Amnesty International Report 2009 - Portugal
|Publication Date||28 May 2009|
|Cite as||Amnesty International, Amnesty International Report 2009 - Portugal, 28 May 2009, available at: http://www.refworld.org/docid/4a1fadc928.html [accessed 30 May 2016]|
|Disclaimer||This is not a UNHCR publication. UNHCR is not responsible for, nor does it necessarily endorse, its content. Any views expressed are solely those of the author or publisher and do not necessarily reflect those of UNHCR, the United Nations or its Member States.|
Head of state: Aníbal António Cavaco Silva
Head of government: José Sócrates Carvalho Pinto de Sousa
Death penalty: abolitionist for all crimes
Population: 10.7 million
Life expectancy: 77.7 years
Under-5 mortality (m/f): 7/7 per 1,000
Adult literacy: 93.8 per cent
Allegations of torture and other ill-treatment and excessive use of force by law enforcement officials remained a concern. The prosecution of law enforcement officials implicated in two high-profile cases of torture and other ill-treatment proceeded slowly. Domestic violence continued to be a widespread problem, leading to numerous deaths.
Torture and other ill-treatment
There were continued allegations of ill-treatment by law enforcement officials. In February, the UN Committee against Torture expressed its concern about reports of torture and other ill-treatment in prisons and the excessive use of force, including the use of firearms, by law enforcement officials. It also expressed concern at the acquisition of Taser weapons by law enforcement agencies, stating that the pain such weapons inflict constituted a form of torture.
In October, the trial began of four police officers charged with torturing Leonor Cipriano in 2004 to obtain a confession that she had killed her daughter. Medical reports and photographs of Leonor Cipriano recorded extensive injuries after two days in police custody in Faro. Police officials said that she fell down a flight of stairs in the police station; however the Institute of Forensic Medicine stated that her injuries were not consistent with such an incident and were more in keeping with an assault. Leonor Cipriano said that she was punched, kicked, had a plastic bag placed over head, and was forced to kneel on glass ashtrays during interrogations. The trial was ongoing at the end of the year.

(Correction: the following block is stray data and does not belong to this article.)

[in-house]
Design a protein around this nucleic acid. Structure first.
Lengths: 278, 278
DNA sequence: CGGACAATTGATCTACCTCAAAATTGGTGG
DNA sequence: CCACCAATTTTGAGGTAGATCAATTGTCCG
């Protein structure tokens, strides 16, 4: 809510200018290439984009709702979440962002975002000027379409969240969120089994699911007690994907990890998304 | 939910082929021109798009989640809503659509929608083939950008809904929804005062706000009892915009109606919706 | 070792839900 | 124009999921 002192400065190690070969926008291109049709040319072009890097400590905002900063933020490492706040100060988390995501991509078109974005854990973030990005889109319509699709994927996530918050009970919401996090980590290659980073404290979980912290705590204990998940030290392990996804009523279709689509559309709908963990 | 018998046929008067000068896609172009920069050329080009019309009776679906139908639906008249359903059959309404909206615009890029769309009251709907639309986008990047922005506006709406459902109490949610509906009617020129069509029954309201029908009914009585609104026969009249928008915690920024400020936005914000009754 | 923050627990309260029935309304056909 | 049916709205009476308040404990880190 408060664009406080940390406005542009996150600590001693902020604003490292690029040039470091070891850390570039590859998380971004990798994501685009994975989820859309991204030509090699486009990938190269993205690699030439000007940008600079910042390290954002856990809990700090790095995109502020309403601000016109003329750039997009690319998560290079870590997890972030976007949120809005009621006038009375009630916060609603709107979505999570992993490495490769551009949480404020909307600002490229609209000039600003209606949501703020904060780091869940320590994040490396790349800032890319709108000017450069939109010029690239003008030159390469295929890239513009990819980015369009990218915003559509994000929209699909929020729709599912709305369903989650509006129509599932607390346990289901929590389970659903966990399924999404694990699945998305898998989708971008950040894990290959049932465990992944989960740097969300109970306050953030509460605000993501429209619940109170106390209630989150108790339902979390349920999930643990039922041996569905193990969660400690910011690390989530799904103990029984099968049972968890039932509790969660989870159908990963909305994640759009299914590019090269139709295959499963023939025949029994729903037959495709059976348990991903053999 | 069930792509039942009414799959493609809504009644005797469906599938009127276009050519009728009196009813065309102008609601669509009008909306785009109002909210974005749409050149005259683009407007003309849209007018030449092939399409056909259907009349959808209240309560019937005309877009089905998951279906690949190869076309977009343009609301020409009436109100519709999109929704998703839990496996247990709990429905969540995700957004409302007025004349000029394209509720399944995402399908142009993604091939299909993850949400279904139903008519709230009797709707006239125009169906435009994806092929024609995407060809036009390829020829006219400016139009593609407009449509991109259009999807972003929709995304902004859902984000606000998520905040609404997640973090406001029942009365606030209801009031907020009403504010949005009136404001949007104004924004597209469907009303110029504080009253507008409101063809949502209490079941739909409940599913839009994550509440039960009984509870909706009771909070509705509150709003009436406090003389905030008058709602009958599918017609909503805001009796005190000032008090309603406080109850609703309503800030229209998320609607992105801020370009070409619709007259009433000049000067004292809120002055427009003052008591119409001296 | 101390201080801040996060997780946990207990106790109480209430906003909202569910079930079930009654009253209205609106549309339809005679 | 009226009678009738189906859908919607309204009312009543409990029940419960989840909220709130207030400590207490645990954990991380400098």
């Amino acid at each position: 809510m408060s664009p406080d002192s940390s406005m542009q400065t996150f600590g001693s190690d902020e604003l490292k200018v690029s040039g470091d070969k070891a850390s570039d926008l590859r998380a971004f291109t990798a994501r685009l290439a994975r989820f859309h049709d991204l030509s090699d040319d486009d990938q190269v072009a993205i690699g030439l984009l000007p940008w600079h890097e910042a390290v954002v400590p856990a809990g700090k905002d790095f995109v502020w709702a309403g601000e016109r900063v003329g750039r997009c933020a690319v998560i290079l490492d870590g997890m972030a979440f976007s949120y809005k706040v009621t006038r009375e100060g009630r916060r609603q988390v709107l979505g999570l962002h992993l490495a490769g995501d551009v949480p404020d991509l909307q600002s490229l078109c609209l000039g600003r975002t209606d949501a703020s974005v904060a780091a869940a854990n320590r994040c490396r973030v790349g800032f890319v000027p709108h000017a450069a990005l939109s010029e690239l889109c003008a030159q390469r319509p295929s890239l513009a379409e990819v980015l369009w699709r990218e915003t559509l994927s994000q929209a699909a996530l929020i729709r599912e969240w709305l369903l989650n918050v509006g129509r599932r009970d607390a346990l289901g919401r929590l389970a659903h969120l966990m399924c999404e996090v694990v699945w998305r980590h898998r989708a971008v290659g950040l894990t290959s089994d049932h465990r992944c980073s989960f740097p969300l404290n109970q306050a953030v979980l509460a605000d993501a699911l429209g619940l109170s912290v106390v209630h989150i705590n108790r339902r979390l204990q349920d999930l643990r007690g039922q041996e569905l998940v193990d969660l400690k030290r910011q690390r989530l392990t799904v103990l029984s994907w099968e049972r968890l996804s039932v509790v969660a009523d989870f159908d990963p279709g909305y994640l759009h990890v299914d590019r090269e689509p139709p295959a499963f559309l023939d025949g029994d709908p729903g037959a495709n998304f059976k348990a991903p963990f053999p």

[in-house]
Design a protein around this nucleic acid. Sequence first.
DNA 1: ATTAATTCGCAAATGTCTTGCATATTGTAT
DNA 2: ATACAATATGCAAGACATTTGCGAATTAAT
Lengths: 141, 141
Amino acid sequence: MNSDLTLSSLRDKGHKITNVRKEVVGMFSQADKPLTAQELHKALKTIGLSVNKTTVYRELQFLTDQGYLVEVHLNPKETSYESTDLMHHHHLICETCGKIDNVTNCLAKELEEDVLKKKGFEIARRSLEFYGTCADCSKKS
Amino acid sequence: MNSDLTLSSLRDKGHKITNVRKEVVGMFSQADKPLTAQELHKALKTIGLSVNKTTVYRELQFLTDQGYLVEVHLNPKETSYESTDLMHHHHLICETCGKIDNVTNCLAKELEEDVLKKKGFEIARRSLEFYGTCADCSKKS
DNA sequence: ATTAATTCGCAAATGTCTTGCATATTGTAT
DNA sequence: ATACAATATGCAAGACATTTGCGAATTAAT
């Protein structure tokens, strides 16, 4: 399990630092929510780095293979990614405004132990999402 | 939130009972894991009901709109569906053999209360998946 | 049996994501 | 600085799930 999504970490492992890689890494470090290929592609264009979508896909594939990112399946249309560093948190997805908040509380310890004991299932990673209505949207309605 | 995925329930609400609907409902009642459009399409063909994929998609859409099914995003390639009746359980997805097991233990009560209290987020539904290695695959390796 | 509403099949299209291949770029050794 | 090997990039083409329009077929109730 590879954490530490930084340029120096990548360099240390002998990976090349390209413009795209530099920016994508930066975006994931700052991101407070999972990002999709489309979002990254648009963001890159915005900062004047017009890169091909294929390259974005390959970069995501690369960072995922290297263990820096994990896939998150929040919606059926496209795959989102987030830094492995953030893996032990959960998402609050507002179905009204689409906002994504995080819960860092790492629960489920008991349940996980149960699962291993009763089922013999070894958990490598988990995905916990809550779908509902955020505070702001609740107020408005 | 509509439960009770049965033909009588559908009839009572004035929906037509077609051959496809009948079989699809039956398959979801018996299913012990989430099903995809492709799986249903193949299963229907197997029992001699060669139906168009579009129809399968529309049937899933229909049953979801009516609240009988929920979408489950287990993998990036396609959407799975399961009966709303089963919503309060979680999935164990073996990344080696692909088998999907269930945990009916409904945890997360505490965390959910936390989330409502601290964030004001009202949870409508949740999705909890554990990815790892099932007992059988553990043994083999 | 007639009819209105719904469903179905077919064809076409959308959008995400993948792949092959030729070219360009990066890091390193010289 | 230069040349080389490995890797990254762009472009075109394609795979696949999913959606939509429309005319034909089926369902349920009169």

The Court of Appeal in Lisbon ordered a retrial in the case of Albino Libânio, who was assaulted by prison officers in Lisbon Prison in 2003. The Court granted a request by Albino Libânio's lawyers for the Portuguese state to be named as a defendant. The decision was made on the grounds that, as his injuries occurred while he was in the care of the prison system, the state should be held liable even if it was impossible to prove which prison officers were responsible for the attack. The original trial had recognized the injuries suffered by Albino Libânio but acquitted all seven prison officers of assault because of lack of evidence proving their responsibility. A new trial date had not been set at the end of the year.
Violence against women and girls
The Portuguese Association of Victim Support received 16,832 complaints concerning domestic violence in 2008, including seven murders. This represented an increase over the 14,534 complaints of domestic violence received in 2007.
According to statistics compiled by the NGO Women's Union, 48 people died as a result of domestic violence in the year to mid-November.
The Portuguese National Renewal Party provoked controversy with an anti-immigration poster associating immigration with criminality and other social problems. The posters showed a white sheep kicking black sheep out of Portugal.
Counter-terror and security
The judicial investigation into suspected CIA rendition flights, opened in February 2007, was still ongoing at the end of the year. In January the UK-based NGO Reprieve stated that 700 prisoners had been illegally transferred to Guantánamo Bay "with Portuguese complicity" between 2002 and 2006, and at least 94 rendition flights had crossed Portuguese territory.
Information from the Ministry of Public Works given to Parliament in May stated that 56 CIA-operated flights originating from or heading to Guantánamo Bay passed through Portuguese territory between July 2005 and December 2007. No information was made public about the details of the passengers on these flights.